A Perspective from the Pacific Northwest National Laboratory*
As the cost of powering a supercomputer or a datacenter increases, next generation exascale systems need to be considerably more power- and energy-efficient than current supercomputers to be of practical use. Constrained power consumption (20-25MW for the entire system is the target that the DOE Office of Science gave to the HPC community) is one of the limiting factors on the road to achieve sustainable performance at exascale. In fact, the power challenge is so fundamental that other challenges can be reduced to power limitations. For example, operating at near-threshold voltage (NTV) in order to perform computation within a given power budget may considerably increase the soft-error rate (resilience challenge). Unlike petascale systems, where the primary concern was performance, exascale systems need to climb the power and energy walls in order to deliver sustainable exaflops performance. At the Pacific Northwest Laboratory (PNNL) we are exploring holistically energy and power efficiency aspects at all levels of granularity, from processor architecture to system integration. We are also tackling the power and energy problems from several angles, from system software and programming models to performance and power modeling of scientific applications and extreme scale systems.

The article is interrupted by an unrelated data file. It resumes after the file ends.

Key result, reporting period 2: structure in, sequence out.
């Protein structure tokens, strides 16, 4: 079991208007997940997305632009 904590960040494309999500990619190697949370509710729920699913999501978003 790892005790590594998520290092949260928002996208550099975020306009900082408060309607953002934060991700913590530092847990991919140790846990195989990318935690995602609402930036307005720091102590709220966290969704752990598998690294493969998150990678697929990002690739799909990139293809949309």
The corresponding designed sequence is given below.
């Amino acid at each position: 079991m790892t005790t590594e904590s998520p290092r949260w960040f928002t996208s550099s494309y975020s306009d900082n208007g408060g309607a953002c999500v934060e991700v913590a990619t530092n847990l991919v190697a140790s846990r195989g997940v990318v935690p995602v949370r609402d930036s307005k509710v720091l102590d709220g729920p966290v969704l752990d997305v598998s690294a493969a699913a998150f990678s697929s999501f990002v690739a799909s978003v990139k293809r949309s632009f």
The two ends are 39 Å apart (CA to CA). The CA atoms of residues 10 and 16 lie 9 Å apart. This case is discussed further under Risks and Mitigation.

PNNL’s computing facilities, such as its Institutional HPC system (PIC), and an earlier testbed, the Energy Smart Data Center (ESDC), provide research platforms to address what-if questions related to the use of suitable datacenter metrics that are meaningful to the HPC community. The measurement harness of the ESDC entailed over thousand out-of-band sensors comprising power, flow, pressure and temperature at the machine room and at the IT equipment. PIC is another example that substantiates our integrated datacenter vision to drive energy efficiency research. This system is housed in a geothermally cooled datacenter with rear-door heat exchangers. The facility is instrumented at the machine room and system level, providing insight into macro-level machine room power efficiencies and micro-level energy efficiencies at the server and mother-board component levels.